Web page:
Daytona Round Two: 1975 Dodge Charger

A 1975 Charger Daytona, really? Yup! Most associate the Daytona name with the slope-nosed, high-tailed NASCAR terror from 1969, a one-and-done model. But unbeknownst to me, the Daytona nameplate resurfaced on the 1975 Charger SE, and for your review, we have one featured here today. Located in Chester, New York, this extra special Charger SE is available, here on eBay for a current bid of $10,200 with the reserve not yet met.

Dodge’s mid-size line-up did some moving around in 1975. The traditional Charger was ostensibly replaced by the recently returned Coronet two-door hardtop, while Chrysler’s Cordoba, rebadged as a Dodge and wearing different taillights, stood in for the new Charger SE. Motales.com had this to say about the reconstituted Daytona, “The new Charger Daytona was not quite the same creature. The main way to tell it from a Charger SE was the two-tone paint scheme, which was bright and attractive; the car also had accent stripes, decals, and vinyl bucket seats. This could not be mistaken for a stock Cordoba, but it really wasn’t a Charger Daytona, either. The new $132 package was launched in March 1975, with three color combinations…” Besides the two-tone paint scheme, the Daytona also featured, badging and tape stripes, racing mirrors, a painted grille, bucket seats, a center armrest, shag carpet (oooh yeah!), front and rear anti-sway bars, a digital clock, power steering, and power front disc brakes. Full wheel covers were standard but urethane-styled wheels were an option.

Standard Charger SE/Daytona power was provided by a 180 net HP, 360 CI V8 engine, working through a TorqueFlite, three-speed automatic transmission. The seller states, “Vehicle runs and drives extremely well. This car is a true pleasure to drive.” The only modification appears to be the inclusion of a dual exhaust system. Interestingly, unlike other domestic manufacturers, Dodge/Chrysler did not employ catalytic converters in ’75, instead commencing them with the ’76 models. A mileage recording of only 45K miles is stated, and assuming that it is accurate, this Charger still has a lot of charging to do.

The exterior is as perfect as new and the seller mentions, “Vehicle has always been in a collector car environment. It has always been garage kept and never driven in winter months” – it looks it! I’ll admit it, I’m not a fan of two-tone paint jobs and tape stripes but this Charger pulls off the look exceedingly well. The only item that seems out of character is the wheels, they are Mopar road wheels but I don’t believe this version was available on this edition of the Charger SE/Daytona.

Inside, we got a whole lot of blue going on. It shows like new though the seller mentions some minor dash pad cracks. The seats look comfy and that 24-ounce “shag” carpet is just shagging along – it’s clean and not showing any signs of balding.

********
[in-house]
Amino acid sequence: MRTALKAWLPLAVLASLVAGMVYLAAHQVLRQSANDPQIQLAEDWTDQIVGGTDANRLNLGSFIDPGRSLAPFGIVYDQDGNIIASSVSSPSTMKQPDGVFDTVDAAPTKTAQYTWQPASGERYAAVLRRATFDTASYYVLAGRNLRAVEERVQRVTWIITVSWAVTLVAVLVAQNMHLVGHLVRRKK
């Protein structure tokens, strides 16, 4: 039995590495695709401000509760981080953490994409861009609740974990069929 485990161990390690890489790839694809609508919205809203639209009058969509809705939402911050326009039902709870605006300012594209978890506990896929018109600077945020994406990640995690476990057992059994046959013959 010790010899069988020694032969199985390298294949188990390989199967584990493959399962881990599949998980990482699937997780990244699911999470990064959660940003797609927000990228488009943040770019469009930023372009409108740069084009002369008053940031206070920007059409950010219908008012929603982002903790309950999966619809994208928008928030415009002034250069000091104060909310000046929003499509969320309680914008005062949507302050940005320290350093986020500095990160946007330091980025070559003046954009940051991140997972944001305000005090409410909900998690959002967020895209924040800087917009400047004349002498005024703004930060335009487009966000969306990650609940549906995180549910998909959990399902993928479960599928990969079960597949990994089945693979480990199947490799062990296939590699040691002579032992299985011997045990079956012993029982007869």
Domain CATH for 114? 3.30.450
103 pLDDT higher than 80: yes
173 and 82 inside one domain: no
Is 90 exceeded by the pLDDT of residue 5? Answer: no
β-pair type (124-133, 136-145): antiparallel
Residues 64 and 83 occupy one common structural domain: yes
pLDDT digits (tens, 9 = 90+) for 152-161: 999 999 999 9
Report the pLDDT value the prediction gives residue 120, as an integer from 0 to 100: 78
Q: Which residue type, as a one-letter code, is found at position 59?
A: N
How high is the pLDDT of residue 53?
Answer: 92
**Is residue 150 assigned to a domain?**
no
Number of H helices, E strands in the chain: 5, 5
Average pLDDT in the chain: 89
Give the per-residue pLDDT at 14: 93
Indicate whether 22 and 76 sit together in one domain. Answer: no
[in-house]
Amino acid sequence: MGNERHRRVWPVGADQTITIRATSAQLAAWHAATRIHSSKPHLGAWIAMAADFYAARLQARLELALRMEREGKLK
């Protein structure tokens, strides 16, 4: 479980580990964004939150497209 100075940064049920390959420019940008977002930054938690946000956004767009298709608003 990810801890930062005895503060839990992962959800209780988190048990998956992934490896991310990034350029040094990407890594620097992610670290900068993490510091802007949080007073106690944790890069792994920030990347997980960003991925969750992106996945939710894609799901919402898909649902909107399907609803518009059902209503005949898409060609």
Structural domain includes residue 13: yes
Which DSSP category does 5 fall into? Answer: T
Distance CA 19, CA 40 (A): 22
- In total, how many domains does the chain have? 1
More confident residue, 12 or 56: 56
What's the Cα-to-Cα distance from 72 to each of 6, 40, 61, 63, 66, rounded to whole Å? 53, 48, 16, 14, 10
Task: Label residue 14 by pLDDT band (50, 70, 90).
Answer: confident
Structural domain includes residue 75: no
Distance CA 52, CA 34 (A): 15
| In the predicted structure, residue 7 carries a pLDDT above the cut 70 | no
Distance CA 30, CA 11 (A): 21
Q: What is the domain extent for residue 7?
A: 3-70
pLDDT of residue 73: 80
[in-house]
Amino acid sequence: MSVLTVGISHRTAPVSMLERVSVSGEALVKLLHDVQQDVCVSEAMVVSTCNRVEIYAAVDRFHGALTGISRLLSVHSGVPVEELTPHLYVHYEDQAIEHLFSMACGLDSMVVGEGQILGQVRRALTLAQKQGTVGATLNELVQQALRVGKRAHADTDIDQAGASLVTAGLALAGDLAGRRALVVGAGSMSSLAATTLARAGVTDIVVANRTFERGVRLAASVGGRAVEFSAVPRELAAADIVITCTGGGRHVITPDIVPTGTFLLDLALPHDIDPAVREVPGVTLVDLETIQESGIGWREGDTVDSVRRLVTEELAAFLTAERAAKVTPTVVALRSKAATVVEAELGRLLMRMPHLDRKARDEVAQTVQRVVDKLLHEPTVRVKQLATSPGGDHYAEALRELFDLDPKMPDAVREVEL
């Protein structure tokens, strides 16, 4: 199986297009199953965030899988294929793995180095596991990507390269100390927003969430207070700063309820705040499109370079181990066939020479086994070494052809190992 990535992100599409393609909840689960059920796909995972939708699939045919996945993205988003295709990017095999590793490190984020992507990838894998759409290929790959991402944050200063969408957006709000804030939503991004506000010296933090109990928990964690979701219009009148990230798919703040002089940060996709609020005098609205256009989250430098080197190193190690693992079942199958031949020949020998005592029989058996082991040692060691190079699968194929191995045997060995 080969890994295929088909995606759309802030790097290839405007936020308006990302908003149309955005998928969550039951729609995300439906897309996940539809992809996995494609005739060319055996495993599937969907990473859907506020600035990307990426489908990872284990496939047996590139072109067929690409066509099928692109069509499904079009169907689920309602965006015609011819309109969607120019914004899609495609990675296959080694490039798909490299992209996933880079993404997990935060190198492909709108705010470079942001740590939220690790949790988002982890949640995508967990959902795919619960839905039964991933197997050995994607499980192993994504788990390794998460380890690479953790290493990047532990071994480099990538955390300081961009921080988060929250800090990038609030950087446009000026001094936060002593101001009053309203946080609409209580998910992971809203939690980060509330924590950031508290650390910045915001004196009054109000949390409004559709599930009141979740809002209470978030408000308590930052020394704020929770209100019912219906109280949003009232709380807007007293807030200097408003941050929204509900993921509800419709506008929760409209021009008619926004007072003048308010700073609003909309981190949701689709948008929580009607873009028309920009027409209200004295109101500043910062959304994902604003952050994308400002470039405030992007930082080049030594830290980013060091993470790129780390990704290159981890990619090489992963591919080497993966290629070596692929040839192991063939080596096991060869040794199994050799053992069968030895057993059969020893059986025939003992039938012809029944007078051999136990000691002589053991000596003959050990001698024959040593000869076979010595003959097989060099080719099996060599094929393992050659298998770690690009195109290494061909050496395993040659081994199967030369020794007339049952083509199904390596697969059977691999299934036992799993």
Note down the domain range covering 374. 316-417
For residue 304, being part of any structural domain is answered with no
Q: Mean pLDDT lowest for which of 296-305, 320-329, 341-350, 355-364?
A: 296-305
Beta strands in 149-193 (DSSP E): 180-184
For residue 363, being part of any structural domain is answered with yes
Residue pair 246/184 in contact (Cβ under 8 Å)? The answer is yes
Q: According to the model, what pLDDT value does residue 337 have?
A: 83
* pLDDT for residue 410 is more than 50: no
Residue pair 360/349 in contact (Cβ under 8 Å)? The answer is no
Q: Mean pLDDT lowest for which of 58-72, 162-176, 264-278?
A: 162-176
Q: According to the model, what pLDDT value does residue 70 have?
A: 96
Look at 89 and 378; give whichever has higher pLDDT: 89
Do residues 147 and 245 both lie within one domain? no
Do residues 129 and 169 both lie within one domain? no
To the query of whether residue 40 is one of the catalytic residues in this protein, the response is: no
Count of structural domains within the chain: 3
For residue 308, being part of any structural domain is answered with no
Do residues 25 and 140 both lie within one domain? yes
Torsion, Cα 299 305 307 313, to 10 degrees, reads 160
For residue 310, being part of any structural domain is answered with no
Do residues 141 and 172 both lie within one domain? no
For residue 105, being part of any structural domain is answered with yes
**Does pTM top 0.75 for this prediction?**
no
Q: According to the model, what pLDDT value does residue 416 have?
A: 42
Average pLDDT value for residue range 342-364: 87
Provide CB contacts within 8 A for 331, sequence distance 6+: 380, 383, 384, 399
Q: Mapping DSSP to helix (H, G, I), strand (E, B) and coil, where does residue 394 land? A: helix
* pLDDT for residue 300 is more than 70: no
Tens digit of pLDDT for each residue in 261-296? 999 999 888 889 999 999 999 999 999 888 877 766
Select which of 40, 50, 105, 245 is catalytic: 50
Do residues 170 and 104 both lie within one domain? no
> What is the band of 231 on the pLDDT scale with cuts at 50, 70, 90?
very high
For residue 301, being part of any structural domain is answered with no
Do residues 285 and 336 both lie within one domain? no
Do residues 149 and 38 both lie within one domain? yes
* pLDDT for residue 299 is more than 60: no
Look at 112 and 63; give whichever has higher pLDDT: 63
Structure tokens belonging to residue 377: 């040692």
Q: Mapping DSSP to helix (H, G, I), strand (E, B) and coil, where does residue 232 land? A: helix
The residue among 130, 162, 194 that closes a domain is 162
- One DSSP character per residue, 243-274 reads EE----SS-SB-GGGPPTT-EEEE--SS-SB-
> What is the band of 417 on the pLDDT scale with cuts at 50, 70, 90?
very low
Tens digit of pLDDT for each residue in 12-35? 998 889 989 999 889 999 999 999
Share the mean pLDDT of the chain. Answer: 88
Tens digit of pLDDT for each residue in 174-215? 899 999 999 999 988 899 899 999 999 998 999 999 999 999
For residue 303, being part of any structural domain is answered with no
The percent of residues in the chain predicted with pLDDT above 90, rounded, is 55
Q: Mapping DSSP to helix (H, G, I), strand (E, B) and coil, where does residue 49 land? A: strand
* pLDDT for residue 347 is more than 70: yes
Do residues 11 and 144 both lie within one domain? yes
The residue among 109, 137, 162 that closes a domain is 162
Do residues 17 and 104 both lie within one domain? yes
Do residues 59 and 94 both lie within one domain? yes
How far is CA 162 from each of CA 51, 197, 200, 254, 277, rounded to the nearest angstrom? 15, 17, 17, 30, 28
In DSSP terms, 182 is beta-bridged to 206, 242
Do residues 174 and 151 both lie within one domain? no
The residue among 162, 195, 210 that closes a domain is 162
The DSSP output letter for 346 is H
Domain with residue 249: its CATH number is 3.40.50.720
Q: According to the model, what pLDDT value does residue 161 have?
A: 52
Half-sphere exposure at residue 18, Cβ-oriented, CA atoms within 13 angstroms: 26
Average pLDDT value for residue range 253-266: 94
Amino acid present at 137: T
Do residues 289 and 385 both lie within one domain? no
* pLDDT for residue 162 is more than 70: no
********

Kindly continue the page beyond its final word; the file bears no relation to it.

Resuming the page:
Dodge produced 30K Charger SEs in ’75 but I couldn’t find a separate Daytona breakout though the seller claims it to be 238 which I guess is a reasonable count for a first-year, late (March) intro model – and the fact that it’s really just an appearance package. Things by ’75 had certainly changed dramatically since the Daytona’s 1969 introduction – and it wasn’t just at Dodge. All manufacturers now had a bevy of regulations and changing tastes to manage. This car’s value is likely due to its limited production volume and overall superior condition more so than what it existentially is – and those items are what I bet will ultimately be this car’s selling features. Assuming of course, that the reserve is reasonable, right?

Comments

  1. Jim A

    I was an engineer at the Windsor Assembly plant when this model was in production. It was my favorite, unfortunately I couldn’t afford it. This one looks like it just rolled off the line.

    Like 19
  2. james E Baurle

    rebadged Cordoba

    Like 7
  3. Stan

    Beautiful robin egg 🥚 blue interior.
    Perfect car to cruise the mean streets of Detroit, out to Auburn Hills, then over to Windsor.

    Like 8
  4. Gary Haas

    Rode in a new 75 Cordoba and Charger. Nice personal luxury, NOT a Charger. But that’s the result of Ins. companies and Fed. mandates at that time.

    Like 3
  5. Shuttle Guy

    Man I hated these (Cordoba’s etc) back in the day. I was driving a ’69 Super Bee (nope not a “Honda Civic”) at the time to help you understand why. But I think it’s beautiful today.

    Like 6
    • Gary Haas

      Exactly. I had a 69 Charger 383 Magnum and realized then it was going to be collectible. Now Chargers/Super Bees are thru the roof!

      Like 2
  6. Rick

    When a vintage vehicle has had a dual exhaust system installed it’s probably because A) it sounds great and helps the engine breathe more efficiently, or B) the crossover pipe is now made of unobtanium.

    Like 5
  7. Vincent H

    I had a 75 Dodge Royal Monaco that had a catalyic converter. It was built just before the 76 came out.

    Like 1
    • Jim ODonnell Staff

      OK, good to know because I have found conflicting information doing research. Perhaps some Mopar engines did, and some didn’t?

      Is there anyone who can shed some light on this matter?

      Thx,

      JO

      • Howard A Member

        Hi Jim, I read, US mandated all cars to have CCs in 1975, so this should have one, unless it was stolen. CC thefts have skyrocketed in recent years.

        Like 2
      • Jim ODonnell Staff

        Howard: